Watch premium coverage of the countdown and launch of the SpaceX Falcon 9 rocket at 11:50 pm EST (0450 GMT) from Space Launch Complex 40 at the Cape Canaveral Space Station, Florida, with 40 OneWeb internet satellites. Follow us in Twitter.
A SpaceX Falcon 9 rocket lifted off from Cape Canaveral Monday night with 40 more Internet satellites for OneWeb, bringing the network closer to reaching full capacity. Falcon 9 returned to Cape Canaveral eight minutes after takeoff.
The 229-foot-long (70-meter) Falcon 9 rocket lifted off from Block 40 at the Cape Canaveral Space Station at 11:50:17 pm EST (0450:17 GMT). The rocket thundered into the sky with the force of 1.7 million pounds of thrust from Merlin’s nine kerosene-fueled main engines, kicking off SpaceX’s second mission of the year.
SpaceX postponed the launch of a different Falcon 9 rocket from the Vandenberg Space Force Base in California on Monday night due to bad weather. That mission was supposed to launch just 35 minutes before the OneWeb mission from Cape Canaveral, but has now been canceled for liftoff Tuesday night.
The SpaceX launch team working in the control center outside the gate of the Cape Canaveral Space Station loading super-cooled, condensed kerosene and liquid oxygen propellant into the Falcon 9 vehicle at T-minus 35 minutes.
Helium pressure was also flowing into the rocket in the last half hour. In the last seven minutes before liftoffs, the Falcon IX’s Merlin main flight engines were thermally conditioned through a process known as “cooling”. The Falcon 9’s guidance and security systems were also configured for launch.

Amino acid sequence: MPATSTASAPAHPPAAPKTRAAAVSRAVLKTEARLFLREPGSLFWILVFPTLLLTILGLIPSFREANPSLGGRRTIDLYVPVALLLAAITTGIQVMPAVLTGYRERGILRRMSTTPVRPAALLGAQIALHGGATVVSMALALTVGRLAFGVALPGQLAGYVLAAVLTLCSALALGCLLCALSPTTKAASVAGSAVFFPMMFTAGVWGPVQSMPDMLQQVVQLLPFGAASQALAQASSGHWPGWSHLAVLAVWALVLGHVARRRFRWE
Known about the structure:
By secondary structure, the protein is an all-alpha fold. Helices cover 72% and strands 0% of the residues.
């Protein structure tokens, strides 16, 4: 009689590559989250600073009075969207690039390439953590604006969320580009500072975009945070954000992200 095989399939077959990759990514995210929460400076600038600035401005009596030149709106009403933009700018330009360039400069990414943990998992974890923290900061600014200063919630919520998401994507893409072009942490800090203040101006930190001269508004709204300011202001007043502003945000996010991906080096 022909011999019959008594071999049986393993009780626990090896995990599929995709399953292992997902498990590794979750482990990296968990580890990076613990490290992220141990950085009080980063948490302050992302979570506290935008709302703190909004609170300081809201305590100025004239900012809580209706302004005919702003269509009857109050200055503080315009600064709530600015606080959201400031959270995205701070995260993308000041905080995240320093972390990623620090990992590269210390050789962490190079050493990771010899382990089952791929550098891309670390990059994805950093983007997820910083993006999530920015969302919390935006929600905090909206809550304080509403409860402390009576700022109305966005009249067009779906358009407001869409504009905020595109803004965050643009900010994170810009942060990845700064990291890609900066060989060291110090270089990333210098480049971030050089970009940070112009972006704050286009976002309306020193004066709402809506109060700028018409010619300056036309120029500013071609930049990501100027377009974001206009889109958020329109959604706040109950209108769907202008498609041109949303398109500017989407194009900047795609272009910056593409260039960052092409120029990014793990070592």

After liftoff, the Falcon 9 rocket turned its passenger to the east-southeast across the Atlantic Ocean, then the launch turned south to fly parallel to the east coast of Florida, aiming for a polar orbit at an inclination of 87 degrees.
The rocket exceeded the speed of sound in about one minute, then shut down its nine main engines about two and a half minutes after liftoff.
The launch stage separated from the Falcon 9’s upper stage, then fired a thruster from the cold gas control system and extended the titanium fins to help steer the vehicle back into the atmosphere. The lighter weight of the 40 Satellite OneWeb allowed the Falcon 9 to drop enough propellant to return to the launch site, which would burn an additional engine compared to the rocket ports on SpaceX’s ocean-going drone ships.